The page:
Portuguese Renewable Energy Generation Achieves a New Record
Serpa solar farm, Portugal [Image Source: Wikimedia Commons]
Hot on the heels of Germany supplying 95 percent of its electricity demand from renewable energy, Portugal has managed to meet all of its electricity needs from solar, wind and hydro-electricity over four consecutive days, running for a total of 107 hours between the morning of Saturday 7th May and early evening on Wednesday May 11th. No backup at all was needed from the country’s coal or natural gas plants.
The figures were released by Portugal’s ZERO System Sustainable Land Association, in collaboration with the Portuguese Renewable Energy Association (APREN).
“These data show that Portugal can be more ambitious in a transition to a net consumption of electricity from 100 percent renewable, with huge reductions of emissions of greenhouse gases, which cause global warming and consequent climate change” said a statement on the ZERO website, further reported by Science Alert.
The Portuguese government launched its E4 Programme in 2001. This consisted of a number of diversified measures aiming to promote a consistent and integrated approach to energy supply, including energy efficiency and renewables, while also reducing the country’s greenhouse gas emissions. The main priority between 2002 and 2007 was to replace oil and coal with natural gas and also to liberalise the energy market by opening the sector to competition and private investment. Over the next five years, the focus shifted to energy efficiency and renewable energy.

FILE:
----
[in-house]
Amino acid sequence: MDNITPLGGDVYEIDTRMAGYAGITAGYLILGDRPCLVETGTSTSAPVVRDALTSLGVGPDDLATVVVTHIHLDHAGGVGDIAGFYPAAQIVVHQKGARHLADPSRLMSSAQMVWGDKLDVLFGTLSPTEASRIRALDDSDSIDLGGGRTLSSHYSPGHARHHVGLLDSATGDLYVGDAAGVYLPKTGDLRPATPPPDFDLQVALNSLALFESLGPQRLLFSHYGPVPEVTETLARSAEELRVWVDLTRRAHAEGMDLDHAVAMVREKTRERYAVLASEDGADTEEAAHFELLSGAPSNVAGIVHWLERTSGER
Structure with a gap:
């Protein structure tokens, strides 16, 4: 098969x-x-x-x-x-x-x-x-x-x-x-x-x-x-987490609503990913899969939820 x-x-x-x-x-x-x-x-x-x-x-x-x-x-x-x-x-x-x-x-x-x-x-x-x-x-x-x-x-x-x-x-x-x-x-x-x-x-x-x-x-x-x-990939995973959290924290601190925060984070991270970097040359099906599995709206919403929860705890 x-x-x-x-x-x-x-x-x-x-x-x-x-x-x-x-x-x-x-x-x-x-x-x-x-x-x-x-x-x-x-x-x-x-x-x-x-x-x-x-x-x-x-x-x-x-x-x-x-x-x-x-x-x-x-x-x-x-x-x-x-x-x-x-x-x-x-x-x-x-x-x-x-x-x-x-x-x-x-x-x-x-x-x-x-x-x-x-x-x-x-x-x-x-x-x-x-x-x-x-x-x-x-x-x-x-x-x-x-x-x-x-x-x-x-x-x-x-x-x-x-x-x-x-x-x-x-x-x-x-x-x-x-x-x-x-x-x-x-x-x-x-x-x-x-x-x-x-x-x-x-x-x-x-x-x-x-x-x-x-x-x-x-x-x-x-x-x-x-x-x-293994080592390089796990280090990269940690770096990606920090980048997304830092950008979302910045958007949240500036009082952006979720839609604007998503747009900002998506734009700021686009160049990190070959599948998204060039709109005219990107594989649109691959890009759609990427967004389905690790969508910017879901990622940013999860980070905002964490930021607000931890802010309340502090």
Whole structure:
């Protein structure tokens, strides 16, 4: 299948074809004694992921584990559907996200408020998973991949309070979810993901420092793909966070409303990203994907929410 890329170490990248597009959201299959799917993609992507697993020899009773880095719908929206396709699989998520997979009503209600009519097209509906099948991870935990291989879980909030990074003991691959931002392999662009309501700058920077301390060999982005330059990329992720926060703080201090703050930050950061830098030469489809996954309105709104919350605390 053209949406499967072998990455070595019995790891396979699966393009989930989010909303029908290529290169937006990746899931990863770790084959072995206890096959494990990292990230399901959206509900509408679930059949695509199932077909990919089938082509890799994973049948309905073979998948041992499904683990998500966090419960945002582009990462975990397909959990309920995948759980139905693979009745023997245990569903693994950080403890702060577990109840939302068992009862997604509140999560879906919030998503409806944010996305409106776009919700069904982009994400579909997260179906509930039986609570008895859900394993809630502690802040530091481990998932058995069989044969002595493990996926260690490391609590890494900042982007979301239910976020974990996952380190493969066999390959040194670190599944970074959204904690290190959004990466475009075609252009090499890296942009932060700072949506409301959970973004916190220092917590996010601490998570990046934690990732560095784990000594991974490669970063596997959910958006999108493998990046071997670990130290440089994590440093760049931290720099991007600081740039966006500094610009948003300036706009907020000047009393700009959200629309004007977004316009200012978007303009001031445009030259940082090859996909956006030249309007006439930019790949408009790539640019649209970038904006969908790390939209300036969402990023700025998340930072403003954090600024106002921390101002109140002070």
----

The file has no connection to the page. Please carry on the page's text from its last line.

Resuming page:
In 2006, the Portuguese energy system was dominated primarily by fossil fuels, including a strong dependence on imports (representing about 85 percent of energy consumption). This kept energy bills high and acted against the energy system becoming more efficient. The E4 Programme relied upon three main strategies – diversification of energy sources, promoting energy efficiency and promoting renewables. It established a number of goals for renewable energy development and thermal generation, in line with the, then recently approved, EU Directive 2001/77/CE on renewable electricity. This set a target for Portugal of 39 percent of gross electricity consumption supplied by renewables by 2010. Broken down, this meant 4,400 MW of new installed power from renewables, in effect doubling the existing capacity. Of that, wind was to supply 3,000 MW, small and large hydro 1,000 MW, PV 50 MW and biomass, waste to energy and wave power 350 MW.
Wind turbines at the Sines wind farm in Portugal [Image Source: Paulo Valdivieso, Flickr]
On the regulatory side, by 2006 initiatives had already been put in place aiming to stimulate the market. This included the management of grid interconnection for Independent Power Producers (IPPs); a set of favourable feed-in tariffs; revision of the technical and tariff conditions for Combined Heat & Power (CHP) generation; a wide programme of solar water heating installation and a national energy efficiency programme. All this was to be supported by research and development at Portuguese universities and national laboratories.